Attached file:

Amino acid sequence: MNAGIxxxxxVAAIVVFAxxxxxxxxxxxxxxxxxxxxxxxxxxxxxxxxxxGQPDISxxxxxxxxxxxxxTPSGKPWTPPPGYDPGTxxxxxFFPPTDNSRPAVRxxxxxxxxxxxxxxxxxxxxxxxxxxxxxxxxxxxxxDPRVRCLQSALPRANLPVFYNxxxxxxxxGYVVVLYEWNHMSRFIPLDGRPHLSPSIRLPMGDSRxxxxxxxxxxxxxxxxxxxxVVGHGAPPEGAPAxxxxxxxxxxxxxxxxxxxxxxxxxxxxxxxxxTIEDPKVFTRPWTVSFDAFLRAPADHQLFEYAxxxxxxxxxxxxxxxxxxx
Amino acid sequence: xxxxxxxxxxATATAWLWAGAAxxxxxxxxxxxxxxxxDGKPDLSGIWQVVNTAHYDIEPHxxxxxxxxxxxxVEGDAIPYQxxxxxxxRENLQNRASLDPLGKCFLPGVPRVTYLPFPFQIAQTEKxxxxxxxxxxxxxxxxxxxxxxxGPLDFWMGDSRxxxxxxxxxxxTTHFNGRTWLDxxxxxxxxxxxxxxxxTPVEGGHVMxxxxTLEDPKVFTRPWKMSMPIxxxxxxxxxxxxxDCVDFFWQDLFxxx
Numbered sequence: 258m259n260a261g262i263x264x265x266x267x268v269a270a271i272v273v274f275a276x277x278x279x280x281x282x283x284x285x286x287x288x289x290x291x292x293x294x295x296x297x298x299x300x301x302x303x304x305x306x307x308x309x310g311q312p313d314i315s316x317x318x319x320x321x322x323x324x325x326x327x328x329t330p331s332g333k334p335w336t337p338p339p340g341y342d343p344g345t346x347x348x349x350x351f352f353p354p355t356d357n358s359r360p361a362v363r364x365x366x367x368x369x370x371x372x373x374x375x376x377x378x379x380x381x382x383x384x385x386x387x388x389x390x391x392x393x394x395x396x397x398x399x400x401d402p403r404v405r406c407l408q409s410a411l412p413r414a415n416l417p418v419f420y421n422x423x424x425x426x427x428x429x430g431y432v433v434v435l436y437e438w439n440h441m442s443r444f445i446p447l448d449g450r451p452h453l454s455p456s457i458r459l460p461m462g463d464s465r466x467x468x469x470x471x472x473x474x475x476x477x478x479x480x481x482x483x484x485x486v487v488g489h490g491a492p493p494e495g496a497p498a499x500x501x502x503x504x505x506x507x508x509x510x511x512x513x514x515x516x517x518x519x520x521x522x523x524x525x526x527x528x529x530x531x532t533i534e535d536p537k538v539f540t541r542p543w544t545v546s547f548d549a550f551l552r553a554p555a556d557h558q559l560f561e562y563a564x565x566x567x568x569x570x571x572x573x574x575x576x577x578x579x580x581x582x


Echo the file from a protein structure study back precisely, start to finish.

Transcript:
Amino acid sequence: MNAGIxxxxxVAAIVVFAxxxxxxxxxxxxxxxxxxxxxxxxxxxxxxxxxxGQPDISxxxxxxxxxxxxxTPSGKPWTPPPGYDPGTxxxxxFFPPTDNSRPAVRxxxxxxxxxxxxxxxxxxxxxxxxxxxxxxxxxxxxxDPRVRCLQSALPRANLPVFYNxxxxxxxxGYVVVLYEWNHMSRFIPLDGRPHLSPSIRLPMGDSRxxxxxxxxxxxxxxxxxxxxVVGHGAPPEGAPAxxxxxxxxxxxxxxxxxxxxxxxxxxxxxxxxxTIEDPKVFTRPWTVSFDAFLRAPADHQLFEYAxxxxxxxxxxxxxxxxxxx
Amino acid sequence: xxxxxxxxxxATATAWLWAGAAxxxxxxxxxxxxxxxxDGKPDLSGIWQVVNTAHYDIEPHxxxxxxxxxxxxVEGDAIPYQxxxxxxxRENLQNRASLDPLGKCFLPGVPRVTYLPFPFQIAQTEKxxxxxxxxxxxxxxxxxxxxxxxGPLDFWMGDSRxxxxxxxxxxxTTHFNGRTWLDxxxxxxxxxxxxxxxxTPVEGGHVMxxxxTLEDPKVFTRPWKMSMPIxxxxxxxxxxxxxDCVDFFWQDLFxxx
Numbered sequence: 258m259n260a261g262i263x264x265x266x267x268v269a270a271i272v273v274f275a276x277x278x279x280x281x282x283x284x285x286x287x288x289x290x291x292x293x294x295x296x297x298x299x300x301x302x303x304x305x306x307x308x309x310g311q312p313d314i315s316x317x318x319x320x321x322x323x324x325x326x327x328x329t330p331s332g333k334p335w336t337p338p339p340g341y342d343p344g345t346x347x348x349x350x351f352f353p354p355t356d357n358s359r360p361a362v363r364x365x366x367x368x369x370x371x372x373x374x375x376x377x378x379x380x381x382x383x384x385x386x387x388x389x390x391x392x393x394x395x396x397x398x399x400x401d402p403r404v405r406c407l408q409s410a411l412p413r414a415n416l417p418v419f420y421n422x423x424x425x426x427x428x429x430g431y432v433v434v435l436y437e438w439n440h441m442s443r444f445i446p447l448d449g450r451p452h453l454s455p456s457i458r459l460p461m462g463d464s465r466x467x468x469x470x471x472x473x474x475x476x477x478x479x480x481x482x483x484x485x486v487v488g489h490g491a492p493p494e495g496a497p498a499x500x501x502x503x504x505x506x507x508x509x510x511x512x513x514x515x516x517x518x519x520x521x522x523x524x525x526x527x528x529x530x531x532t533i534e535d536p537k538v539f540t541r542p543w544t545v546s547f548d549a550f551l552r553a554p555a556d557h558q559l560f561e562y563a564x565x566x567x568x569x570x571x572x573x574x575x576x577x578x579x580x581x582x